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THE KAITANGATA COAL PITS.

There is no doubt that the construction ©I" branch lines of railway in suitable localities is attended with considerable benefit, as by bring* ing the districts through which they pass withia easier reach of market for the sale of produce grown therein, they improve the value of pro*, perty and tend to make things generally more prosperous. But this is not the only good they do, as, in addition, they act as feeders to tha main lines, and will of coarse tend to make) them pay better than they otherwise would do, Few branch lines constructed lately have afrtracted more notice than that of the Kaitsn.gata Coal Company from . Stirling to tL*« Kaitangata township. It is about four miles and a half long, and passes through marshyland. But in many places there are neverthe*less some fiee farms to be seen. The goods, shed at Kaitarigata is now almost completed, and the framework for the engine-house ia now ertcted. Of the passenger station, nothing;, so far, is to be seen except the platform. , Tha station is centrally situated in regard to ilw township, as it is only a short distance from, the bridge which sp&tis the ontlet from the lakes. The line runs through the township, and up to the mouth of the Company's coalmine, which is situated in a gorge about half-*, mile at the rear of the township. The oJA mines were more' ta the right, down by tha banks of the Molyneux river, where a shed and. jetty were erected for the purpose of enabling; crafts to bY supplied with coal for transhipment to wherever a demand for it might exists Operations were commenced at the new mtnss. in November last, since which time the work of opening them ; up has been, proceeded witht vigorously. There are now about thirty men employed at the mine. These are divided into three shifts,' of eight hotirs each. The seam o£ coal runs' lip a gully which crosses the. ranges ■ Borings have been made at several places for Ok considerable distance back, and with the inosism* tisfactory results, as a thick seam.of coal has been struck in each case. The mine is very favour*, ably situated for working, as the coal is reached by a drive leading into the.side of the hill; and sufficiently wide to allow of two rowi* of trucks to be worked. The main tunnel is now inabonft 200 ft., but there several branches are met with. which load farther into the bill, until that point is reached at which the supply ot coai will be obtained when the pit is in full working order, and which is about six chains from the mouth, of the pit—GOft from the surface. Here thexa are a number of miners busily ehgaged auttiygj:. a tunnel outward to connect -vith th* maia drive. The seam of coal where they are at work is about 27ft; thick. The quality is said, to be excellent, and equal, if not superior, to any hitherto found in the Kaitangata district. The supply, so far, appears, for all practical purposes, to be inexhaustible. Previous to* tha construction of the branch line ot railway, tatt only feasible way of sending coil from this district to market was by means of coasters, bu& as these used to charge from 17s 6d to £1 pet ton as freight to Dunedin, a very small margin, was left for profit if the coal was sold at anything like a reasonable price in town. This drawback will now however be removed, aai we believe that: when the mine is in working order, which is expected to be tbe case in about a fortnight hence, if no unforseen delays tak» , place, the company will be in a: pwitaon? to? deliver coal in Dunedin at about 25s a ton, «► -the cost. of forwarding, it„, by; rail will nojb^jft-. more than about seven or eight; shillings" a ton,, and the arrangements for delivering the coal afc the mouth of the pits or rather will be»Jfoi», they are not as yet quits completed, of the moafe convenient; kind. ; They may. be,rbriefly, d»»; scribed as consisting of a strong platform^ which extends down the line so for Rs.to allow of any number of trucks being loaded without the least delay. The platform, is on a levdL with the tnoutK'of the pit, and when the trucks used in the mine are run out on it by the drawj.ing of a bolt in'one side of each of them, tha coal falls-into the waggons underneath, whfcfej, when filled in this manner, may be sent right into Dunedin without any further trouble. Hitherto-we-have been informed the Kautattgata coal^delivered,?in;l)unedin has' Hot been.a,fair sample of that" which the district produces^.' and thia may readily be Supposed to- be-th* case, as when forwarded by vessels it couid not escape being considerably broken up by being haudled so often before reaching roaiv ket. It is not in Dunedin alone tb.it the Com.-~ pany expebts to find a market for the coal obi' . tamed irom its mine, and it looks forward to supplying Lawrence, Milton, and the district* south of the Molyneux. There is at present another coalpit; or, rather pits, in operation Mi the locality. \Ve mfean' those Worked byMessiS Shaw and Moore, and situated on' th'tr bniw'oj a small hill between the township and tha Company's mine. They turn oixt about 15 tons a day; but no doubt eventually, if tha. demand warrants, it, the Company will be abl% to deliver. 10(50 ions, a week from the body <f coal which can even now be seen'in the mina. The b'ne from Kaitangata to Stirling is at present being worked by the Government for tha Company^ as it is hot at present iris possession of the necessary rolling stock. Butonetraaa» however, runs during the day each way, and as it completes the trip both ways between 3 ani 4 in the afternoan, it' will ba easily understood that the-residents in the district axe not as Tab. in a position to fully realise' the benefits which the construction of a railway almost to theat doors will confer upon them. But later o% when the Company will have- rolling stock: Qt its own, and the line and coal pitu in the diatrict in full working ordervthereis but little reason to apprehend that "Kaitangata, which*, even now is making considerable progress, will occupy a prominent position among our rural townships, ___'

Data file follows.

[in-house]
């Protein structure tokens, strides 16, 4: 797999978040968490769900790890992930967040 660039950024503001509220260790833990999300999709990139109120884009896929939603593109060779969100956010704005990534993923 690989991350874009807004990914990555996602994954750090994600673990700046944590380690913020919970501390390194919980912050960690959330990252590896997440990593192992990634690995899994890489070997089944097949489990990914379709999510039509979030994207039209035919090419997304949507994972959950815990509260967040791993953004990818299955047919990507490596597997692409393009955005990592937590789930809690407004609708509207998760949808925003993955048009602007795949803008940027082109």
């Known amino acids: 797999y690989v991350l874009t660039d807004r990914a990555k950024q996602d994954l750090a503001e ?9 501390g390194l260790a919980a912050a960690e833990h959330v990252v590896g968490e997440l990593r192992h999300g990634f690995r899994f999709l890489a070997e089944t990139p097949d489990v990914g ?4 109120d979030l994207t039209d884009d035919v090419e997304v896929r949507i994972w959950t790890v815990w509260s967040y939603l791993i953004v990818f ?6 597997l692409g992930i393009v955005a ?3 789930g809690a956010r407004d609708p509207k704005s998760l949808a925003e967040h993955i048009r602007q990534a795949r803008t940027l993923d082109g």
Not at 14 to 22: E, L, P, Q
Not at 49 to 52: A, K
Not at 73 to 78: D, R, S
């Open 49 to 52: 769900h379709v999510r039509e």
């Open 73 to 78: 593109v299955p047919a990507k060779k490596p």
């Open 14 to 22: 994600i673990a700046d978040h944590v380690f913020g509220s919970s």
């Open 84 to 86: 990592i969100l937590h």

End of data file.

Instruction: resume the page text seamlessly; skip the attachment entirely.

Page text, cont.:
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https://paperspast.natlib.govt.nz/newspapers/ODT18760602.2.13

Bibliographic details

Otago Daily Times, Otago Daily Times, Issue 4458, 2 June 1876

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1,075

THE KAITANGATA COAL PITS. Otago Daily Times, Issue 4458, 2 June 1876